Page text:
- The Washington Times - Tuesday, August 26, 2003

GALVESTON, Texas (AP) — Morris Black was described by acquaintances as a volatile loner and drifter who lived in a cramped, $300-a-month apartment in this Gulf Coast community.

Across the hall lived a mute woman called Dorothy Ciner, according to the landlord. In late September 2001, authorities say, the two neighbors’ paths crossed violently.

That month, trash bags began washing ashore along Galveston Bay. Inside were Mr. Black’s arms, legs, a torso — and a receipt with the name Robert Durst, an estranged member of one of New York’s wealthiest real-estate families.

Soon police discovered that Ciner was neither mute nor a woman — but actually Mr. Durst, who also had been investigated but never charged in the disappearance of his wife and the shooting death of a friend.

Mr. Durst, 60, was charged in Mr. Black’s death and has pleaded not guilty by reason of self-defense. He could get five to 99 years in prison if convicted.

Jury selection in the case began yesterday. State District Judge Susan Criss told the nearly 300 potential jurors the selection would take up to three weeks. Those who remain would need to clear their calendars through October, she said.

Mr. Black’s torso and severed limbs were found floating in plastic bags Sept. 30, 2001, in the bay separating Galveston Island from mainland Texas. The 71-year-old man’s head remains missing.

Also inside the trash bags were a receipt with Mr. Durst’s name on it, packaging for a 4-inch paring knife and other items that led police to Mr. Durst’s apartment. There police found blood on the carpet, under the kitchen’s vinyl floor and on the walls.

Mr. Durst was arrested nine days later while driving his silver Honda. He was carrying a pistol and a knife.

Mr. Durst posted $300,000 bond, then fled. Six weeks later, he was captured trying to shoplift a $5.99 sandwich and bandages from a grocery store near Bethlehem, Pa., about 75 miles from Philadelphia. He had $500 in his pocket.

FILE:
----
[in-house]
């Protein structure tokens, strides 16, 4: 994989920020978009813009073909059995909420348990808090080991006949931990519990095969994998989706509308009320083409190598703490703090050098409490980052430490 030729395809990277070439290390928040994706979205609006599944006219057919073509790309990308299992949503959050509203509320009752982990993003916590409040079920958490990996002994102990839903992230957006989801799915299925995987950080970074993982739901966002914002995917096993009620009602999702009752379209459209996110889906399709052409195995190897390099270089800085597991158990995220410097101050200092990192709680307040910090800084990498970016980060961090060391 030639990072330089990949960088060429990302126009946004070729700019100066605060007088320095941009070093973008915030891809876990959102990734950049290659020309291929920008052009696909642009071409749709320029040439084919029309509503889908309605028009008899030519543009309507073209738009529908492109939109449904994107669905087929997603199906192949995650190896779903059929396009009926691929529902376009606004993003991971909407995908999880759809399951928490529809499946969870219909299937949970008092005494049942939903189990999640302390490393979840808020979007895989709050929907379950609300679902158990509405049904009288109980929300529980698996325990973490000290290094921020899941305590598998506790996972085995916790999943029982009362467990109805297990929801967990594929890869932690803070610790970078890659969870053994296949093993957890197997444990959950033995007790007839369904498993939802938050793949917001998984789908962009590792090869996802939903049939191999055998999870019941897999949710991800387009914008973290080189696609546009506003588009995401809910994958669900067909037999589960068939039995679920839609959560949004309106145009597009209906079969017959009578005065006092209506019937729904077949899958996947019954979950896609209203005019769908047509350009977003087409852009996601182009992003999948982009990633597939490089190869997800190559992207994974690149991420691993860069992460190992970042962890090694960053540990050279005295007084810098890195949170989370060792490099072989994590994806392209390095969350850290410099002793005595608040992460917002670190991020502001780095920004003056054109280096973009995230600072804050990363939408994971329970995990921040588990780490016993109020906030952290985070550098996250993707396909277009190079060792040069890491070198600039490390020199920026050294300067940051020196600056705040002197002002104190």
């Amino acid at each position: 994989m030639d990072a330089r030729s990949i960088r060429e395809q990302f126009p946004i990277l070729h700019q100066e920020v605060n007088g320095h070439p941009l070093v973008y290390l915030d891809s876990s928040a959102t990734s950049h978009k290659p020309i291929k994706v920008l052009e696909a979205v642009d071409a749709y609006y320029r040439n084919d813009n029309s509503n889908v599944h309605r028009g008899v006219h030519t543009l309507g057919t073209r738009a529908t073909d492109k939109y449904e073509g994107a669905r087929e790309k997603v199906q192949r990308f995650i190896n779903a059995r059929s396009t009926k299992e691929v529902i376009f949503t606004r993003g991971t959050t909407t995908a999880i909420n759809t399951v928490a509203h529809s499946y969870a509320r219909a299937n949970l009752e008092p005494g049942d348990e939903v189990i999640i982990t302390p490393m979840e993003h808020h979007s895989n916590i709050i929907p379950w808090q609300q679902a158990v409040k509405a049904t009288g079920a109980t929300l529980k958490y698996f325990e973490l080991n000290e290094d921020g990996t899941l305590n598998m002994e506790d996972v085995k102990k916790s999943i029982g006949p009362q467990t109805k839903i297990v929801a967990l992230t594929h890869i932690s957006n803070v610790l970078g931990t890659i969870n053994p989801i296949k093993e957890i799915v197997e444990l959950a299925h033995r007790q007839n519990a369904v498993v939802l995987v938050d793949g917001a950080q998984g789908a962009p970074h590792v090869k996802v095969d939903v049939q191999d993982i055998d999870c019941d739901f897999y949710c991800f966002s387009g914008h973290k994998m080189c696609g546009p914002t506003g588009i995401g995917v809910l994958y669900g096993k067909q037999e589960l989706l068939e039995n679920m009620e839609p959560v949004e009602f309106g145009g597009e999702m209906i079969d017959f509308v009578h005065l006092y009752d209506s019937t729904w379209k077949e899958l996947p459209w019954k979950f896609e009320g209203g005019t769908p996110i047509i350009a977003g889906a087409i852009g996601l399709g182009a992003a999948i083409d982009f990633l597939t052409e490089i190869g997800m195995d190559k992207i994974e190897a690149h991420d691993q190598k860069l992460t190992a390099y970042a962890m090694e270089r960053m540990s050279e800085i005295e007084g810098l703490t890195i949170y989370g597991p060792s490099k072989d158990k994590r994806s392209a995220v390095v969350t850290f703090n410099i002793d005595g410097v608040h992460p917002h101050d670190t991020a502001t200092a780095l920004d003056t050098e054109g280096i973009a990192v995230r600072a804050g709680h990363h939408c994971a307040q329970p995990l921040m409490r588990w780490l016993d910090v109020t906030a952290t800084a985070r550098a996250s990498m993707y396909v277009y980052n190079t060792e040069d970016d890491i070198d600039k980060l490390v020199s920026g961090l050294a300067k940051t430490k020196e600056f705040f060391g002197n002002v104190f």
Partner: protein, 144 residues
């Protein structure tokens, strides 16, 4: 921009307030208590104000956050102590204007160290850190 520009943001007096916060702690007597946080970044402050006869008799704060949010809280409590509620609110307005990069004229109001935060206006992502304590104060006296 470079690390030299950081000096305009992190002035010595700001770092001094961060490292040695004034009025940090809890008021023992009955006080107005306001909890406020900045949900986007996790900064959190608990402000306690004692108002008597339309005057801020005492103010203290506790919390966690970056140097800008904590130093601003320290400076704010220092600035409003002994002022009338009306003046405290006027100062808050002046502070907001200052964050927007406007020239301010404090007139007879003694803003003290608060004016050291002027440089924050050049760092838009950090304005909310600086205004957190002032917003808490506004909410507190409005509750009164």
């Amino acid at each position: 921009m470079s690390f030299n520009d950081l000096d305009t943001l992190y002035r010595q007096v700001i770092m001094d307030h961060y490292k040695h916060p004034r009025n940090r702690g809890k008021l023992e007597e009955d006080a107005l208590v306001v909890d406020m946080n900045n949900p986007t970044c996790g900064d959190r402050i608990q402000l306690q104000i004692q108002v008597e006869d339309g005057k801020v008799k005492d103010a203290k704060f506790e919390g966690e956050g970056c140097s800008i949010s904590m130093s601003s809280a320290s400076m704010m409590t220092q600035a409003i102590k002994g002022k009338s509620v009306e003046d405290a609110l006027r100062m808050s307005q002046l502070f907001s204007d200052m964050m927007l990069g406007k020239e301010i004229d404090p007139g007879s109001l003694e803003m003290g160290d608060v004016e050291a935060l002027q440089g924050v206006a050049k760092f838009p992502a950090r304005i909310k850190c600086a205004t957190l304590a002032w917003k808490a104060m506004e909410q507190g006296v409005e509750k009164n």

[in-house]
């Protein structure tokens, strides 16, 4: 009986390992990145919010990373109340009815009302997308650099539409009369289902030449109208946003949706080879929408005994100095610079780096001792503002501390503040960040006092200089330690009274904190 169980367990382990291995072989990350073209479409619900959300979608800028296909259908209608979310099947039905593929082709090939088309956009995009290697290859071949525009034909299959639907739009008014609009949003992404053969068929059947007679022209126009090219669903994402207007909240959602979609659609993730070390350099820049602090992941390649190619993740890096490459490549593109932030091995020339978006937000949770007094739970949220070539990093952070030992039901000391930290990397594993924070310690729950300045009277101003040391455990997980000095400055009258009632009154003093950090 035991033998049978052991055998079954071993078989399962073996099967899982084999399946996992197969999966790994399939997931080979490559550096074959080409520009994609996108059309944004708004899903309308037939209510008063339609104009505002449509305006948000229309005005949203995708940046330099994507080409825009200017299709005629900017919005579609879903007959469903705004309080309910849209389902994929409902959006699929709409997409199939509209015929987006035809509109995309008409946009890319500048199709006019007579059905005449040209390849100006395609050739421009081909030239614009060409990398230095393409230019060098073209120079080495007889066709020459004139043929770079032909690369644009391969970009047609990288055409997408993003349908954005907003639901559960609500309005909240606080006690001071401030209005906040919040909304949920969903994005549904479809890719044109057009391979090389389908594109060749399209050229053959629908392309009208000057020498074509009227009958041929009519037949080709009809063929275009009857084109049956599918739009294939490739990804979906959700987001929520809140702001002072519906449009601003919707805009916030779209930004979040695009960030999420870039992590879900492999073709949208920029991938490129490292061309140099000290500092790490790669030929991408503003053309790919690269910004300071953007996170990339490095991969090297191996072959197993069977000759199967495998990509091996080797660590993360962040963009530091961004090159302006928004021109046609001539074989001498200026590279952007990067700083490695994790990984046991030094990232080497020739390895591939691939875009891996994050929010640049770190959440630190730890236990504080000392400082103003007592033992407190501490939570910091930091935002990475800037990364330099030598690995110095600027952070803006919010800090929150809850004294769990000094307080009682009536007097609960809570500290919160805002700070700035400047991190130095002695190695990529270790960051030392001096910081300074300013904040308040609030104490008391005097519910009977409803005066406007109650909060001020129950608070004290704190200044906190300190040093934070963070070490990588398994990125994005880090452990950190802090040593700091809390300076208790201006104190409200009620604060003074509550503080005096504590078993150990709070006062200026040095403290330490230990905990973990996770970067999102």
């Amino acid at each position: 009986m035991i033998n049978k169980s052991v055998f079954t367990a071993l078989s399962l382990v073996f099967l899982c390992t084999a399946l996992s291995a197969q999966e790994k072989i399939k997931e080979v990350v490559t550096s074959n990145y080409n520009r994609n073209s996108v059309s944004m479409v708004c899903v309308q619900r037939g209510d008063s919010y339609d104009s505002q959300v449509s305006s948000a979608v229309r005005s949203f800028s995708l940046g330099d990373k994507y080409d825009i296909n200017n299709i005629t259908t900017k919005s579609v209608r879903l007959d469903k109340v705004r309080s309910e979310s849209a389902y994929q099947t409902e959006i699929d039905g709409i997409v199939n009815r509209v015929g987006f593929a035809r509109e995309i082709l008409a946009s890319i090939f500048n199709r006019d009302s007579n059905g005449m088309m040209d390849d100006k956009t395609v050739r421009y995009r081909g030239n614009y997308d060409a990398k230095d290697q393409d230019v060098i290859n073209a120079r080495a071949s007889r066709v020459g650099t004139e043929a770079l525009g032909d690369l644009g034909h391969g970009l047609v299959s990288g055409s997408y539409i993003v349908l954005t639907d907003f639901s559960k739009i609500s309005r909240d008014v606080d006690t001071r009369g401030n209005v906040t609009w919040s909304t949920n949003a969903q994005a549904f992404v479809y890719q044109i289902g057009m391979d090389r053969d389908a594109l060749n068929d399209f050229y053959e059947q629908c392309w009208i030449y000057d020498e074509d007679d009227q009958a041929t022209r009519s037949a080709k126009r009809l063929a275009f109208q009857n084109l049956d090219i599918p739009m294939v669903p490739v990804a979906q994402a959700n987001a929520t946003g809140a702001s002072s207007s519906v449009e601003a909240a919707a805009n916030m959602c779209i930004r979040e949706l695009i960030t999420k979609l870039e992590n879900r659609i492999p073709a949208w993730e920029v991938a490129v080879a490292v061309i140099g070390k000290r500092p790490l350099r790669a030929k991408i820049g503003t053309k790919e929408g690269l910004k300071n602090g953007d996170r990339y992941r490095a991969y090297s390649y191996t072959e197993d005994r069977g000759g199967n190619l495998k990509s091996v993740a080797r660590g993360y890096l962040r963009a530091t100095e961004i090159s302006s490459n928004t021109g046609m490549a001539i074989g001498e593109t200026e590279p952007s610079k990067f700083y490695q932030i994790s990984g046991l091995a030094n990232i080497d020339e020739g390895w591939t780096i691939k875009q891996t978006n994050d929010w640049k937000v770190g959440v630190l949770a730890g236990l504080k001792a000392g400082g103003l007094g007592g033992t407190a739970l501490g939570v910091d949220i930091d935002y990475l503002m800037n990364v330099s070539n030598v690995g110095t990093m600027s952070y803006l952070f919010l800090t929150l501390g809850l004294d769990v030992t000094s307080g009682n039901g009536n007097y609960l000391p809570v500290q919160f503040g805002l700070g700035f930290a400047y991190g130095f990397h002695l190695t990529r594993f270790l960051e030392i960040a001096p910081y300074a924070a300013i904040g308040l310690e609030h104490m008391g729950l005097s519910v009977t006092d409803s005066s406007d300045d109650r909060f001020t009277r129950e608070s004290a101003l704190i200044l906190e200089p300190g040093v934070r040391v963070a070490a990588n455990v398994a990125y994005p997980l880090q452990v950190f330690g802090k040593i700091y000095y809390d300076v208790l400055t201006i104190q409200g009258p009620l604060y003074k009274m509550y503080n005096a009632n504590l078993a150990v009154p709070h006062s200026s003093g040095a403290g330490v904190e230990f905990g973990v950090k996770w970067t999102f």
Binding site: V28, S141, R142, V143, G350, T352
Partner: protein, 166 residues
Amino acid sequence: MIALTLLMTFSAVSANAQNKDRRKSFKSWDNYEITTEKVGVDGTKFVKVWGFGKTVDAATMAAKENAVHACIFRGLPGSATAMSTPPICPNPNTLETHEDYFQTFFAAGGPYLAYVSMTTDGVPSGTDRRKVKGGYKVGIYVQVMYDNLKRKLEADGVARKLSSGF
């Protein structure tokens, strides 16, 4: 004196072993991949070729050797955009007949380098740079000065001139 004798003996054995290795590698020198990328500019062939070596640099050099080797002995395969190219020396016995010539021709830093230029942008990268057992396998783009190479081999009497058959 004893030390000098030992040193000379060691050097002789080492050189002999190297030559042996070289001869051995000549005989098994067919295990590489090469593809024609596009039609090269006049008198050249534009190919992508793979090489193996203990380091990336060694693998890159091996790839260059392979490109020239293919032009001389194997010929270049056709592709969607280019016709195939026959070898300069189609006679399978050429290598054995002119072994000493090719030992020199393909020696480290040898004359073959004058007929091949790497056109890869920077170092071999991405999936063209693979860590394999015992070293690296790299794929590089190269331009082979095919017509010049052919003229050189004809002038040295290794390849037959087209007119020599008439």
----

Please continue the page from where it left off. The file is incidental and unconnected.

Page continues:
It was not until Mr. Durst failed to show up for an arraignment a week after posting bond that authorities discovered his true identity.

They also learned that he was central to the renewed investigation into the disappearance of his wife of nine years, Kathleen Durst, and that he was the main figure in a Los Angeles police probe into the Christmas Eve 2000 shooting death of a friend, writer Susan Berman. She was found dead just before she was to be questioned about Mrs. Durst’s disappearance.

Mrs. Durst was last seen in 1982. Mr. Durst reported her missing, telling police that she had planned a visit to New York City from suburban Westchester County, N.Y.

Eventually, the investigation into Mrs. Durst’s disappearance waned because of no real leads, and authorities lost track of Mr. Durst, the son of the late Seymour Durst, patriarch of a real-estate company that owns several of New York’s skyscrapers.

The younger Durst apparently left New York after he became estranged from his family in the early 1990s and moved around the country, using different names and disguises, sometimes dressing up as a woman or passing himself off as homeless.

State District Judge Susan Criss, whose gag order prevents any of the trial participants from publicly discussing the case, has ruled the disappearance of Mrs. Durst and death of Miss Berman won’t be part of Mr. Durst’s trial.

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